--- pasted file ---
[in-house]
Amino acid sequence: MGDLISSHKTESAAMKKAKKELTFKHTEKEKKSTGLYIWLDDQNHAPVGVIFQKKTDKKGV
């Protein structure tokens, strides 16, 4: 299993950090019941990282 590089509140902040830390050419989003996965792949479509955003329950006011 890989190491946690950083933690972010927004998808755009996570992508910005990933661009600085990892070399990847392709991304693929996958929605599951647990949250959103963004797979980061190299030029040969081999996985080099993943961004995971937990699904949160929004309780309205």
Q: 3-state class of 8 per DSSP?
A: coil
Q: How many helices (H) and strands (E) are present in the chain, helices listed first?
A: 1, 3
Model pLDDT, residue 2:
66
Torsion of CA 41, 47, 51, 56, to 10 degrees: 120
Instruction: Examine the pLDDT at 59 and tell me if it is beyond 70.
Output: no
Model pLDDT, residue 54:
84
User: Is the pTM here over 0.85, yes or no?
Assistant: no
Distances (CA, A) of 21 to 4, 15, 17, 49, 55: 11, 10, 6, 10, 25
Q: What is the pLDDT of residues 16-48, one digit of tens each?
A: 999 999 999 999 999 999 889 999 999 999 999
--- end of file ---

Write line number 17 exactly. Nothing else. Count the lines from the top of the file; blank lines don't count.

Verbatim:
Distances (CA, A) of 21 to 4, 15, 17, 49, 55: 11, 10, 6, 10, 25